TRUE RED CRANBERRY BEAN
The True Red Cranberry Bean is deep red in color like a cranberry but the pod is ivory with red flecks. It is a pole bean that blossoms and sets pods over the course of a growing season. Beans from this species serve as a major protein source for humans. True Red Cranberry Bean was first grown in South America and Latin America but is now common in the tropics, subtropics, temperate regions and is increasing in popularity in East Africa. It is very popular in Italy and Spain
The True Red Cranberry Bean can be eaten by humans as either a fresh, green vegetable or a dried cooked pulse. When the pods swell but have not yet dried, the beans inside are called horticultural or shelly beans, Cranberry Beans are usually grown for this stage.
A useful trait of this variety is the ability to make good growth when planted in a corn field using the corn stalks as stakes. The True Red Cranberry Bean should be direct-seeded as it does not transplant well. It will succeed at high altitudes with a cool growing season. The plants are hardy and pods easy to shell. One variety trial yielded 50 # of beans harvested from a 100 ft double row. At lower elevations, it is best to plant during the cool-dry season.
In the tropics, True Red Cranberry Bean produces mature seeds ready to be picked 60-65 days from planting. When 80% of the pods on a plant are bulging with seeds and the pods begin to dry on the vine, plants may be uprooted, tied in bunches and thoroughly air-dried in the shade for 7-10 days. Threshing is done by beating the plants with a stick or trampling them in heaps. The beans need to have a moisture level below 12% for storage. An easy test is to bite the bean itself. If an indentation remains, more drying is necessary. On a dry day, harvest the seeds and store the beans in covered baskets, earthen pots, metal drums or tightly woven sacks. Beans may be stored for up to three years to be used for human consumption or seed.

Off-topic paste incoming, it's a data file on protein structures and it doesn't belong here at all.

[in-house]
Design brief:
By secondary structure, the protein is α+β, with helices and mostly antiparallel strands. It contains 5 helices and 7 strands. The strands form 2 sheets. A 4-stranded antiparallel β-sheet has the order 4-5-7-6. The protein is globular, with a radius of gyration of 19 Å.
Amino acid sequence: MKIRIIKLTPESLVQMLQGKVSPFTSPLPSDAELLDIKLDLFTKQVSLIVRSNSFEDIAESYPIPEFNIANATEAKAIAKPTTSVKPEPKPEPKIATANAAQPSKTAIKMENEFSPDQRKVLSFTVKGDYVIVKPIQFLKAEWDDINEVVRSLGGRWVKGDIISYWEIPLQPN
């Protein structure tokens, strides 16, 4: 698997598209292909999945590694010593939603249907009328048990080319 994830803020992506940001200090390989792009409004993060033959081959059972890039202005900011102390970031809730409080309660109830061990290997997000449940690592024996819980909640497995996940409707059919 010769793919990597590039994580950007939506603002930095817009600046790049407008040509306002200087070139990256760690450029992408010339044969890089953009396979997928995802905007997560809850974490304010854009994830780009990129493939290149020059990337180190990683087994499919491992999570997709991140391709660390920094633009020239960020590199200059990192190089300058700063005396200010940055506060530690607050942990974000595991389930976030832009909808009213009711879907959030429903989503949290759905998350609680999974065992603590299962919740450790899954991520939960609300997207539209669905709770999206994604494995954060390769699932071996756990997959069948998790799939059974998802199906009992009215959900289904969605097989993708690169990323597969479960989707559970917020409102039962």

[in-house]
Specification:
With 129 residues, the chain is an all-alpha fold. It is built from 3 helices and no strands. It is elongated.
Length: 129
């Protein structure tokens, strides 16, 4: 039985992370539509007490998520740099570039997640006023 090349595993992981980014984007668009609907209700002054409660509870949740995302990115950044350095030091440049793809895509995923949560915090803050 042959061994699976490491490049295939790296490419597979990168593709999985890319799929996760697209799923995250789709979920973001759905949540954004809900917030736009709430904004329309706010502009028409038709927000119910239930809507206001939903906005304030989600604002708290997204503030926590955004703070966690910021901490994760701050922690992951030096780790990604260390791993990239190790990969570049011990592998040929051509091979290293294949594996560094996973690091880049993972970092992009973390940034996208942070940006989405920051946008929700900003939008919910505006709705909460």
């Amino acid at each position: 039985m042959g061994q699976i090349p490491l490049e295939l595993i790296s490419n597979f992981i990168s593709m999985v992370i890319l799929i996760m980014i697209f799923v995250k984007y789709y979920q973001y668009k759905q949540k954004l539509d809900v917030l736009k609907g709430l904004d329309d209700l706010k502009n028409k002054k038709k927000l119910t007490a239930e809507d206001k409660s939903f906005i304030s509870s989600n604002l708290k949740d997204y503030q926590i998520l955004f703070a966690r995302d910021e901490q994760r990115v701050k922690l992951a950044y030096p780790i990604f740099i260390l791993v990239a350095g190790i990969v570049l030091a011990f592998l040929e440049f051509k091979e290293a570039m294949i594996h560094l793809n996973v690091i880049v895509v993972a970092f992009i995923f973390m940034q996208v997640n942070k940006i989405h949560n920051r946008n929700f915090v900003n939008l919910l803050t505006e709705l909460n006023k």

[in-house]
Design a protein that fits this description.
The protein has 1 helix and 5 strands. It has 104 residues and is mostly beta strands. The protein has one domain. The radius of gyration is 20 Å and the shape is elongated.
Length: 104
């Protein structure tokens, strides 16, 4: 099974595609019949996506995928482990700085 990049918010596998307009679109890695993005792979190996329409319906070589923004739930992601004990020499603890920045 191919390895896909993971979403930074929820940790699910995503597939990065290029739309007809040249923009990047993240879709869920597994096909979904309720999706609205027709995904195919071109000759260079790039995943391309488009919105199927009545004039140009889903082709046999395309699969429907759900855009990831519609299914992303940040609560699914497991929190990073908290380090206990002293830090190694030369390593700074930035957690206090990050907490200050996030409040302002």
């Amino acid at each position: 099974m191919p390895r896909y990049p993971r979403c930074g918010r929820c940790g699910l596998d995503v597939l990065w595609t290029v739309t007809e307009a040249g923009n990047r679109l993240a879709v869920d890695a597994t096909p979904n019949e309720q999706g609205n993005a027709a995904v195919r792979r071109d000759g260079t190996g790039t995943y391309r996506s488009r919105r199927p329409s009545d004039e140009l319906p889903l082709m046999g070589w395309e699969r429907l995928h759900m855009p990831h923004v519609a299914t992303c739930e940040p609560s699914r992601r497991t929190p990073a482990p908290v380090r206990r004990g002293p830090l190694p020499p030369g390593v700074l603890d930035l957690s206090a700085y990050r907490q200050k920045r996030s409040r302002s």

Because of its climbing characteristic, if trellised, it will not be subjected to diseases caused by the surface of the ground beneath always being moist and shaded There can be many problems associated with storage of dry beans such as moisture uptake, weevils, beetles and toxic molds. Larvae of the common bean weevil tunnel into the beans where they grow and hatch out. Adult females then lay a quantity of eggs among the stored beans. A unique method of ridding the beans of the eggs, larvae and adult beetles is to tumble the beans vigorously twice each day in their storage containers. This action kills by smashing or exhaustion of the larvae. Another method is to coat the beans lightly with an edible oil. Anthracnose is a common disease of cranberry bean plants when they are cultivated in wet weather.
This bean variety is considered to have a creamy, chestnut-like flavor, low in fat, high in calcium, phosphorus and iron, and is 22% protein Like other colored beans true, True Red Cranberry Bean may contain more antioxidants and folate than all other beans. In northern Italy and Spain, True Red Cranberry Beans are added to soup and stews though their color pales when cooked. In the growing season when the beans are still tender, they may be eaten as a vegetable removed from the pods. The reputation of beans causing gas in the intestines is quite true but pre-soaking and changing the cooking water twice will get rid of some of the indigestible complex sugars that cause the discomfort.